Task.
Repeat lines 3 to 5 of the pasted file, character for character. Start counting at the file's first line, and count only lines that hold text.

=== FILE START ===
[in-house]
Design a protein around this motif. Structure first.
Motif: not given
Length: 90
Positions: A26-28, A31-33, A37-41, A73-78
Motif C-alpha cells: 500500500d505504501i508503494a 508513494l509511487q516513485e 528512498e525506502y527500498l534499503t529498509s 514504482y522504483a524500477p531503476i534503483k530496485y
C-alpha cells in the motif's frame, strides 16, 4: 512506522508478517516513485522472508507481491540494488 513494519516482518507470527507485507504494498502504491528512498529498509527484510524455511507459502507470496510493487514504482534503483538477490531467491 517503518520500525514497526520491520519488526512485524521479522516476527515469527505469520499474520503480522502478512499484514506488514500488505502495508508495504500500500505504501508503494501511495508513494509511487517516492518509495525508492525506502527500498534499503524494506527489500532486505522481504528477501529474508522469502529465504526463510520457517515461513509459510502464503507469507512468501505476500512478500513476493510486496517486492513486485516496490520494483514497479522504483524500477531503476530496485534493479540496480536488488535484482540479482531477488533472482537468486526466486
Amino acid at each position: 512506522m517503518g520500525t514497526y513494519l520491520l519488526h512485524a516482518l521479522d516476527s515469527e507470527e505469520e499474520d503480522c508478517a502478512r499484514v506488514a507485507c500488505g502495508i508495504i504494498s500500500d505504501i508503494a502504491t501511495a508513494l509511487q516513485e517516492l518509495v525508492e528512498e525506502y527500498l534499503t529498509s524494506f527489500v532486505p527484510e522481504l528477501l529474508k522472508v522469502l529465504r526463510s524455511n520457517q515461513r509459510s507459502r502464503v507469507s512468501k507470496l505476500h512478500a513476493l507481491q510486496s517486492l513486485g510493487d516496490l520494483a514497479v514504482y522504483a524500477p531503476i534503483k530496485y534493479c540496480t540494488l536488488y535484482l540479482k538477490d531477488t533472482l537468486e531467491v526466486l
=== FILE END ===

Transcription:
Motif: not given
Length: 90
Positions: A26-28, A31-33, A37-41, A73-78